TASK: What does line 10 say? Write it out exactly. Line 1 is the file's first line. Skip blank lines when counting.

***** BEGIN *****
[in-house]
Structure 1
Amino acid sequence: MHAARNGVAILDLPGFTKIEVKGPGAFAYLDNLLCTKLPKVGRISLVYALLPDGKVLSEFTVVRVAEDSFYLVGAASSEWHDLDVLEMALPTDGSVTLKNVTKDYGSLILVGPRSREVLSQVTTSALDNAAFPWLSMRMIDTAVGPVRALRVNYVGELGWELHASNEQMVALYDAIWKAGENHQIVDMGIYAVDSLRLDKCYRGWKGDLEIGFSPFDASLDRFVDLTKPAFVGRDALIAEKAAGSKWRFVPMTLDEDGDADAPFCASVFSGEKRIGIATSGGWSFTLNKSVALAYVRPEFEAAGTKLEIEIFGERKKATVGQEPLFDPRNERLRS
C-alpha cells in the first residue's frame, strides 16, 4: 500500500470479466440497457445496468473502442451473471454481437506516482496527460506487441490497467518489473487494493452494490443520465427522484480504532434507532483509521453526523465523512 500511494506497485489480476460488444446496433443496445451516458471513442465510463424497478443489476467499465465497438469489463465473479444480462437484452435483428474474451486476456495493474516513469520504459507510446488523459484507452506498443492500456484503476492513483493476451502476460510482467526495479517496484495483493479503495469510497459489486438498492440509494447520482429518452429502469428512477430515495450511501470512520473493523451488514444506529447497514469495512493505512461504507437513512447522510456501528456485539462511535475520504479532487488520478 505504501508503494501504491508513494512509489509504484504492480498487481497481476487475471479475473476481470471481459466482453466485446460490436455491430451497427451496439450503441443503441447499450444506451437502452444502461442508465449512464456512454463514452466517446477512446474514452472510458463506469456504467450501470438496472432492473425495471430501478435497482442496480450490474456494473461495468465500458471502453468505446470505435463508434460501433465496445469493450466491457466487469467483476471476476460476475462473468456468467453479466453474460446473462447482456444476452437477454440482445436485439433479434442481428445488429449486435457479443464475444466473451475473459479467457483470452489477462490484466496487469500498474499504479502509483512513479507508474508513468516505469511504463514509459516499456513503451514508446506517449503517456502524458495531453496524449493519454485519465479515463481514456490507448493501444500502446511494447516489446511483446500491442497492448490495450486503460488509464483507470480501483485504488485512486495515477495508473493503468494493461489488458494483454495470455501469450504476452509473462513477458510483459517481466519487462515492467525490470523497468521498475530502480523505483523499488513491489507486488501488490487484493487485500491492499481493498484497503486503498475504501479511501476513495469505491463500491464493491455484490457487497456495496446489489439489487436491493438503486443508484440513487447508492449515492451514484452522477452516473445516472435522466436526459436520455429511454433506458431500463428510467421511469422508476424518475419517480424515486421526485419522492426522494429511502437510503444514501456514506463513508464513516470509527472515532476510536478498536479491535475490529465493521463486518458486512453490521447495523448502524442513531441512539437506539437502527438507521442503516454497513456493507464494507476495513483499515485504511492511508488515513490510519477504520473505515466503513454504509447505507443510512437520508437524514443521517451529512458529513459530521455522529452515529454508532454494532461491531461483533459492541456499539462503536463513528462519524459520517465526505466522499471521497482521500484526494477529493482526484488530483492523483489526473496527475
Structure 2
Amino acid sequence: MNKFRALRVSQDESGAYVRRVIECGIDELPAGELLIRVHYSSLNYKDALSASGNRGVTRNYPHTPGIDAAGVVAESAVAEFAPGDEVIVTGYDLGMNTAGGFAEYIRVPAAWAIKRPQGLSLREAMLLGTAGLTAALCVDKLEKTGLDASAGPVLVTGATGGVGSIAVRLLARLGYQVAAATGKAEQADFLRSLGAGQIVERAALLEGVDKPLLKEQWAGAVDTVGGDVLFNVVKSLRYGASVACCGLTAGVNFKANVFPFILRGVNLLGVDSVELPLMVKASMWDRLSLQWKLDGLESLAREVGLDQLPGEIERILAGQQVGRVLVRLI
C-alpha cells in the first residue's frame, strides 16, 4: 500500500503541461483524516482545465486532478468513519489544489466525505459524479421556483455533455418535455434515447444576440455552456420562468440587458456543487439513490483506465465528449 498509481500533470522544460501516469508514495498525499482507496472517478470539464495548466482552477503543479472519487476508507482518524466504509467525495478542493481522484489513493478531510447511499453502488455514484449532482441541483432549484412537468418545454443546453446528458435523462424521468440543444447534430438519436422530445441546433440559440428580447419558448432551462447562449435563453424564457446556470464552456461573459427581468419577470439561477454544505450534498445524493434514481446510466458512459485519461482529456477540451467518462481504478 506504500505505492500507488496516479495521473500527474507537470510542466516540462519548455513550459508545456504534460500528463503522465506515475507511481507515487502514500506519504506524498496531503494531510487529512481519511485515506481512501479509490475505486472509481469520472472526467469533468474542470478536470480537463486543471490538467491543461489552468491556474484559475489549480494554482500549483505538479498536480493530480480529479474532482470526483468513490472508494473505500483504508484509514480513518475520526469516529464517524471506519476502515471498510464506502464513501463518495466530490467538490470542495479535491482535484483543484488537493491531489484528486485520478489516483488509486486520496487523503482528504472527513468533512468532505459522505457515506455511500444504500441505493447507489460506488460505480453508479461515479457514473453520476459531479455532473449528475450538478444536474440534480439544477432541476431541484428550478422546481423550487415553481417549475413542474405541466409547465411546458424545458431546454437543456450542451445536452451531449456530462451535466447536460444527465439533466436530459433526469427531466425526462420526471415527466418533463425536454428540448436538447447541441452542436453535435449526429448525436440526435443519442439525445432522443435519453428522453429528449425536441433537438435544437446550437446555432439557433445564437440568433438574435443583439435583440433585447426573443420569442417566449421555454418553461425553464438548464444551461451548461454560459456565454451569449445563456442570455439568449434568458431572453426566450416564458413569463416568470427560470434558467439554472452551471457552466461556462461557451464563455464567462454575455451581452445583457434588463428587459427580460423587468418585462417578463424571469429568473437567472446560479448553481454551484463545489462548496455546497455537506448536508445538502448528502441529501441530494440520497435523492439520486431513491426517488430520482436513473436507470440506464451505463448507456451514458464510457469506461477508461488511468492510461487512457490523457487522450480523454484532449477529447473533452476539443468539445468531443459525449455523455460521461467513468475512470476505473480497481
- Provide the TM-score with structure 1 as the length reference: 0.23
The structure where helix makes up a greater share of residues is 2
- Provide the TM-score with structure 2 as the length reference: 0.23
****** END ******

- Provide the TM-score with structure 2 as the length reference: 0.23